Lemon Balm: Health Benefits, How To Make Tea & Side Effects

Lemon balm, also known as common balm, is used to treat digestive problems and can be bought at natural health stores, custom-med compounding pharmacies, grocery stores, and markets. It can also be grown at home as it is easy to plant and care for.

This herb can be used to treat digestive problems and it can also be used to reduce anxiety, as it has soothing properties that help you to relax and boost your mood.

Lemon Balm: Health Benefits, How To Make Tea & Side Effects

The benefits of lemon balm tea are related to its medicinal properties. So, some of the main benefits are:

  1. Improving sleep quality;
  2. Easing headache pain;
  3. Fighting gas;
  4. Preventing indigestion;
  5. Minimizing menstrual and gastrointestinal cramps;
  6. Preventing kidney problems;
  7. Relieving coughs;
  8. Boosting mood and relaxation.

Lemon balm, Melissa officinalis, has soothing, diuretic, and expectorant properties and so it can be used as a home remedy to relax, stop fluid retention and reduce mucus when taken with lemon.

How to make lemon balm tea

To make the tea, we recommend you only use the leaves, which can be fresh or dry, as it is the leaf of the plant that contains all the beneficial properties.

Ingredients

  • 3 tablespoons of lemon balm leaves;
  • 1 cup of boiling water.

Preparation method

Add the lemon balm leaves to a cup of boiling water and let it infuse for a few minutes covered. Then strain the tea and drink 3 to 4 cups a day.

Possible side effects 

The possible side effects of lemon balm include reduced heart rate, sleepiness, and low blood pressure.

Until now, no side effects have been observed, but its use may interfere with thyroid medication. If you take this type of medication, only take the tea under doctor supervision. We also recommend that expecting mothers check with their obstetricians before taking this tea.

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References

  • MCINTYRE Anne. Guia completo de Fitoterapia. 1º. Brasil: Pensamento, 2010. 144.
  • SHAKERI, Abolfazl; SAHEBKAR, Amirhossein; JAVADI, Behjat. Melissa officinalis L. – A review of its traditional uses, phytochemistry and pharmacology. Journal of Ethnopharmacology. Vol.188. 204-228, 2016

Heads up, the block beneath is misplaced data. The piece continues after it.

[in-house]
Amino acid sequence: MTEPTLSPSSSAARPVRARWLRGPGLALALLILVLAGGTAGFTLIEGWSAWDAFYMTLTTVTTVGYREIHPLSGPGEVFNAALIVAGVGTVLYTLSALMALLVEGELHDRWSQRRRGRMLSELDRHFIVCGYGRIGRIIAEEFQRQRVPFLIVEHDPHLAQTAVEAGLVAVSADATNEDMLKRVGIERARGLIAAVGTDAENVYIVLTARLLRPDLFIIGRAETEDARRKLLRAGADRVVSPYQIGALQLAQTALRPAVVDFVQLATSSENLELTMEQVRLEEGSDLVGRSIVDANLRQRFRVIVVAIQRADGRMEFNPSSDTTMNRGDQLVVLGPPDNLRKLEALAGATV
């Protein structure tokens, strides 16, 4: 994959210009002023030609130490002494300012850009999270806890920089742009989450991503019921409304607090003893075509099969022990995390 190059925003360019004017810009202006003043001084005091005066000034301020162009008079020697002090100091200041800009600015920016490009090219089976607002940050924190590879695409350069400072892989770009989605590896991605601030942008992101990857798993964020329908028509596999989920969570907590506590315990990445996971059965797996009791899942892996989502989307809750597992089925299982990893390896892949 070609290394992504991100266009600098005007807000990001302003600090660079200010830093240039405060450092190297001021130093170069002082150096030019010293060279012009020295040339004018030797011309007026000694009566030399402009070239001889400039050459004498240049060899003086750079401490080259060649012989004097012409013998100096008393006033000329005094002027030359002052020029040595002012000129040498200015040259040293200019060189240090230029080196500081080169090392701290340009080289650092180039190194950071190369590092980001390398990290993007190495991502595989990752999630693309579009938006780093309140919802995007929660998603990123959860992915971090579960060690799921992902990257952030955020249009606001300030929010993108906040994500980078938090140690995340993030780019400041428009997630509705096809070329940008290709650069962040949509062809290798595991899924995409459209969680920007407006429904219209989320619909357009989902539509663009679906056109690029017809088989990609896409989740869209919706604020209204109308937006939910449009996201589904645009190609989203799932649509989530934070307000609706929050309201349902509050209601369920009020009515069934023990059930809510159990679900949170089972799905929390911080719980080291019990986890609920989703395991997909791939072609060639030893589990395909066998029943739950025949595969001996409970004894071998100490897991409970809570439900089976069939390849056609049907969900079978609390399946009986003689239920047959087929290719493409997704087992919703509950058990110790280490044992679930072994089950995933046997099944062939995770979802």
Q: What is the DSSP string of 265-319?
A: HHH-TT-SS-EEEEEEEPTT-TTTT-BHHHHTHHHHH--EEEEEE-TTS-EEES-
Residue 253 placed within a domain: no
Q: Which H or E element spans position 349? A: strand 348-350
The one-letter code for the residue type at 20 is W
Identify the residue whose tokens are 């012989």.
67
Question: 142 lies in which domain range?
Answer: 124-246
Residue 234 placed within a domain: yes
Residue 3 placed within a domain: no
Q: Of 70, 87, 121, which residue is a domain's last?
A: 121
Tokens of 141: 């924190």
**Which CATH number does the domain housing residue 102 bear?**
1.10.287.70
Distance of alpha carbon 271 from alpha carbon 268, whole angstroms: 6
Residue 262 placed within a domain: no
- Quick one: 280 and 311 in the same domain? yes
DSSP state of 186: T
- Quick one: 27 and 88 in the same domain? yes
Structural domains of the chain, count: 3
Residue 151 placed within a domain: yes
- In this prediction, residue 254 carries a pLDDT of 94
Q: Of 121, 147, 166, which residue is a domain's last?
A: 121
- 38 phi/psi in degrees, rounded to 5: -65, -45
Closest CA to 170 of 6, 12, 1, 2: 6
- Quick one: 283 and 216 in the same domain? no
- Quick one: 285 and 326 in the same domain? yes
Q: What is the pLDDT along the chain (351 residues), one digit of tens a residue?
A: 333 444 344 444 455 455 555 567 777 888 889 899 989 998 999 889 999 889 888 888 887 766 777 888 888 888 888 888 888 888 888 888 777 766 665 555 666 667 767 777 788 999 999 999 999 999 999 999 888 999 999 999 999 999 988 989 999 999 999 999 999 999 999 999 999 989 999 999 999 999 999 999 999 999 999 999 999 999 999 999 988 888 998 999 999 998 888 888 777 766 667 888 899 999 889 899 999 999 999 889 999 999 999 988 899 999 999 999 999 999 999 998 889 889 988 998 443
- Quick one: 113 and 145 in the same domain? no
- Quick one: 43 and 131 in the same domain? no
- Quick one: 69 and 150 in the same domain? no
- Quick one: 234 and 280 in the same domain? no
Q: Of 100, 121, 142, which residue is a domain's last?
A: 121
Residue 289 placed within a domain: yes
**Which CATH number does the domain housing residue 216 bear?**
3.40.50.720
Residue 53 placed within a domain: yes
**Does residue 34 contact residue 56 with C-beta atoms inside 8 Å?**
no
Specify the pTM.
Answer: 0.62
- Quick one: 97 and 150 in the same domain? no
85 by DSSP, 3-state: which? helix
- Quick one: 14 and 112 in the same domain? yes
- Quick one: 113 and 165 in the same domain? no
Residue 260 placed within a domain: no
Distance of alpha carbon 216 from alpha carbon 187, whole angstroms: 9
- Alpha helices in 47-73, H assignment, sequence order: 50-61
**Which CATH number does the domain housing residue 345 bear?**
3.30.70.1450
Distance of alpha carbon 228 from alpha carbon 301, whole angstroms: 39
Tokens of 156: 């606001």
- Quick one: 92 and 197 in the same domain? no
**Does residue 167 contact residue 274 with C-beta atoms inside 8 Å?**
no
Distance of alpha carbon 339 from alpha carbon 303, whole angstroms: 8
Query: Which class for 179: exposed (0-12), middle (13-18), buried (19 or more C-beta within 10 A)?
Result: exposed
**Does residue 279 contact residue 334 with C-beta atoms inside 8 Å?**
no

• MIRAJ, Sepide; RAFIEIAN-KOPAEI, Mahmoud; KIANI, Sara. Melissa officinalis L: A Review Study With an Antioxidant Prospective. J Evid Based Complementary Altern Med. Vol.22(3). 385-394, 2017
  • COSTA Eronita. Nutrição & Fitoterapia. 2º. Brasil: Vozes Ltda, 2011. 137-138.
  • SCHOLEY, Andrew; et al. Anti-Stress Effects of Lemon Balm-Containing Foods. Nutrients. 6. 11; 4805-4821, 2014
  • O´KENNEDY, David; LITTLE, Wendy; SCHOLEY, Andrew B. Attenuation of laboratory-induced stress in humans after acute administration of Melissa officinalis (Lemon Balm). Psychosom Med. 66. 4; 607-613, 2004
  • AKBARZADEH, Marzieh; et al. Effect of Melissa officinalis Capsule on the Intensity of Premenstrual Syndrome Symptoms in High School Girl Students. Nurs Midwifery Stud. 4. 2; e27001, 2015
  • CASES, Julien; et al. Pilot trial of Melissa officinalis L. leaf extract in the treatment of volunteers suffering from mild-to-moderate anxiety disorders and sleep disturbances. Mediterranean Journal of Nutrition and Metabolism. 4. 211–218, 2011
  • SCAGLIONE, Francesco; ZANGARA, Andrea. Valeriana Officinalis and Melissa Officinalis Extracts Normalize Brain Levels of GABA and Glutamate Altered by Chronic Stress. Journal of Sleep Disorders and Management. 3. 1; 1-7, 2017
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